In other news, Druidry has just been officially recognized as a religion by Britain's Charity Commission. This status, which brings some tax privileges, seems like a judgment of what we sometimes lampoon as "nice religion," the liberal idea that true religion simply makes more law-abiding citizens: "The commission says the network's work in promoting druidry as a religion is in the public interest." I suppose I should find out more... In the meantime, the BBC website reported:
Senior druid King Arthur Pendragon, told the BBC News website the organisation had had to "jump through hoops" to meet the commission's requirements.
Although he runs his own druid order, he said the Druid Network's achievement was a celebration for all members of the faith.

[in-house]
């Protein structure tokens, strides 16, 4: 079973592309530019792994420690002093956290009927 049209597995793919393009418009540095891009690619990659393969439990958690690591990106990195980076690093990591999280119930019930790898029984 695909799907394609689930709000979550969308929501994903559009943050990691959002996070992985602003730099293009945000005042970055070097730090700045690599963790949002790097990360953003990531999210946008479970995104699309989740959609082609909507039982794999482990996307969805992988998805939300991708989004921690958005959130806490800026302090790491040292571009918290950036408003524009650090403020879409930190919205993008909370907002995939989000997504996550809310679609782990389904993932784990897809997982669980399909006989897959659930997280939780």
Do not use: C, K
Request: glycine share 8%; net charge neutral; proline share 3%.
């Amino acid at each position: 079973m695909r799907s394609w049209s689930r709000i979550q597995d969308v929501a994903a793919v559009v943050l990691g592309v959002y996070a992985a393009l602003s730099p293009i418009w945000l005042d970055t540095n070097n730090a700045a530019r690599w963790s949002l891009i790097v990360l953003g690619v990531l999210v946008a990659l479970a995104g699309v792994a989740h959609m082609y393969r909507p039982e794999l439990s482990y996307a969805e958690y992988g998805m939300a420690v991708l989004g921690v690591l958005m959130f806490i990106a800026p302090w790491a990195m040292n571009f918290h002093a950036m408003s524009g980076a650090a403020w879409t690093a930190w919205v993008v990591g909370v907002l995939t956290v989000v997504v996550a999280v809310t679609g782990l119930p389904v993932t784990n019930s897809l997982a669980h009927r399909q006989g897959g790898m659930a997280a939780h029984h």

He said: "We are looking at the indigenous religion of these isles - it's not a new religion but one of the oldest."
The 56-year-old added that people were becoming more interested in finding spirituality and the decision reflected this.
"I think people are looking to their roots and looking back at the secular world certain that things don't work.
"This decision shows how important our faith is. We are getting credence from a secular government about our belief structure - which not only shows it is valuable but also valued by us and others."
Mr Pendragon, of Stonehenge, said he would not be seeking charitable status for his own order - the Loyal Arthurian Warband - as it was a political wing and therefore had no need to be recognised as a charity.